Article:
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Heme oxygenase-1 (HO-1) catalyzes the oxidation of heme to biologically active products: carbon monoxide (CO), biliverdin, and ferrous iron. It participates in maintaining cellular homeostasis and plays an important protective role in the tissues by reducing oxidative injury, attenuating the inflammatory response, inhibiting cell apoptosis, and regulating cell proliferation. HO-1 is also an important proangiogenic mediator. Most studies have focused on the role of HO-1 in cardiovascular diseases, in which its significant, beneficial activity is well recognized. A growing body of evidence indicates, however, that HO-1 activation may play a role in carcinogenesis and can potently influence the growth and metastasis of tumors. HO-1 is very often upregulated in tumor tissues, and its expression is further increased in response to therapies. Although the exact effect can be tissue specific, HO-1 can be regarded as an enzyme facilitating tumor progression. Accordingly, inhibition of HO-1 can be suggested as a potential therapeutic approach sensitizing tumors to radiation, chemotherapy, or photodynamic therapy.
Heme oxygenase (HO) is a microsomal enzyme catalyzing the first, rate-limiting step in degradation of heme and playing an important role in recycling of iron (103). It cleaves the α-meso carbon bridge of heme, yielding equimolar quantities of carbon monoxide (CO) and iron ions Fe2+ and biliverdin (156). CO is then exhaled from the organisms through the lung (50). Free iron induces the expression of the iron-sequestering ferritin and activates Fe-ATPase, an iron transporter, which decrease intracellular Fe2+ content. Finally, biliverdin is converted by biliverdin reductase to bilirubin (144), which can be oxidized by cytochrome P450 enzymes, such as Cyp1A1, Cyp2B1, or Cyp2a5, or glucoronidated by UDP-glucuronyl-transferase and subsequently eliminated as bilirubin glucoronides by the biliary-fecal pathway (25).
The enzymatic activity of HO results in decreased oxidative stress, attenuated inflammatory response, and a lower rate of apoptosis (Fig. 1). This is due to removal of heme, a potent prooxidant and proinflammatory agent, but also because of generation of biologically active products. Among them, CO is an important cellular messenger, with the signaling function resembling that of nitric oxide (NO). Like NO, CO induces soluble guanylyl cyclase (sGC) and thereby inhibits platelet aggregation, decreases leukocyte adhesion, and reduces endothelial cell apoptosis. In addition, it exerts antiinflammatory effects by inhibition of tumor necrosis factor (TNF), interleukin-1β (IL-1β), and macrophage inflammatory protein-1β (MIP-1β), or by upregulation of interleukin-10 (IL-10) (123). Ferrous iron, the second product of heme decomposition, can be potentially toxic, giving rise to hydroxyl free radicals. Simultaneous upregulation of ferritin and cytosolic iron efflux, however, protects cells from oxidative stress. Both biliverdin and bilirubin, which have been long regarded as toxic end products of heme metabolism, are inhibitors of the complement cascade and potent antioxidants, capable of reducing the inflammatory response and attenuating oxidative injury by scavenging peroxyl radicals and decreasing peroxidation of membrane lipids and proteins (144).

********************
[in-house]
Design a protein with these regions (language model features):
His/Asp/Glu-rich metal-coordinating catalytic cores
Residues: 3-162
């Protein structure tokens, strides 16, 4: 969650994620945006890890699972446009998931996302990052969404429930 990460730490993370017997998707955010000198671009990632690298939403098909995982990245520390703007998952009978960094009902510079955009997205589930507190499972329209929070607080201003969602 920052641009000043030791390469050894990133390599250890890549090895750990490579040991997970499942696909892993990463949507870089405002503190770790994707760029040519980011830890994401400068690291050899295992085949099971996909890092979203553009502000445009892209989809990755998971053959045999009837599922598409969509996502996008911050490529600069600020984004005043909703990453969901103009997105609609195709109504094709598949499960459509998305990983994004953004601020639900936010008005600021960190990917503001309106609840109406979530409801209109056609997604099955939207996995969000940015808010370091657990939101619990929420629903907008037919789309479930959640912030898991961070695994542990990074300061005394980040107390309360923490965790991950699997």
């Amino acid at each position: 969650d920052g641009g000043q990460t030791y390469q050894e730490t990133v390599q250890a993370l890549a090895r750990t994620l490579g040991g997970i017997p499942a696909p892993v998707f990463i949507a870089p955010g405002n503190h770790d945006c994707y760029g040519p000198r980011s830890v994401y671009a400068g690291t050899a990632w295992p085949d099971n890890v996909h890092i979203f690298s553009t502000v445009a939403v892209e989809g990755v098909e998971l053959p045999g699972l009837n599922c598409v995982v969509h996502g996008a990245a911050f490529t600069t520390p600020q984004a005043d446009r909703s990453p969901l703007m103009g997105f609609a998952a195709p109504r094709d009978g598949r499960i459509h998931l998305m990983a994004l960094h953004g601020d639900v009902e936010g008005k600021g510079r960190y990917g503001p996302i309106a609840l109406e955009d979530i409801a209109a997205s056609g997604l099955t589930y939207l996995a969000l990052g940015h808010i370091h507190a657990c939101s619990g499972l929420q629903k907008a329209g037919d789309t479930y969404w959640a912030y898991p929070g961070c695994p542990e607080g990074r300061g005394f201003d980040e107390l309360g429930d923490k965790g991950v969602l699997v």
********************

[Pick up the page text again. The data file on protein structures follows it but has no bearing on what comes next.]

Three distinct mammalian HO isoforms (HO-1, HO-2, and HO-3) have been identified, which are the products of different genes (102). HO-1, the inducible 32-kDa isoform, is highly expressed in the liver and spleen, but can be also detected in many other tissues. HO-2 is a constitutively expressed 36-kDa protein, present in high levels in the brain, testes, or endothelial cells. HO-3 was postulated as a 33-kDa protein expressed in different organs, very similar to HO-2, but with much lower catalytic activity (109). However, HO-3 has been found only in rats, and its expression was demonstrated only at mRNA level; thus, it is supposed to be a pseudogene derived from HO-2 transcripts (53).
Unlike the constitutively expressed HO-2, HO-1 can be strongly induced in response to cellular stress and diverse oxidative stimuli, including its substrate heme (3), heat shock (151), UV irradiation, reactive oxygen species (ROS) (81), nitric oxide (NO) (38), inflammatory cytokines (157), prostaglandins (68), ethanol (174), and heavy metals (3). It can also be induced by hypoxia, but this effect appears to be tissue and species dependent (113, 141). Only in some unique types of cells does HO-1 seem to be constitutively expressed. Among them are renal inner medullary cells (46), Kupffer cells in the liver (8), Purkinje cells in the cerebellum (117), and CD4+/CD25+ regulatory T cells (124).
Interestingly, expression of HO-1 is usually increased in tumors, compared with surrounding healthy tissues (Table 1). This was shown in lymphosarcoma (136), adenocarcinoma (47), hepatoma (28), glioblastoma (26), melanoma (158), prostate cancers (101), Kaposi sarcoma (108), squamous carcinoma (162), pancreatic cancer (9), and in brain tumors (52). Moreover, the primary chronic myeloid leukemia cells express HO-1 in a constitutive manner, and BCR/ABL fusion protein was found to upregulate HO-1 production (107). HO-1 is also induced by viral G protein-coupled receptor (vGPCR), an oncogene encoded by HHV-8, a Kaposi sarcoma-associated herpes virus (105). Of importance, expression of HO-1 in cancer cells can be further increased in response to chemotherapy, radiation (9), or photodynamic therapy (78, 120).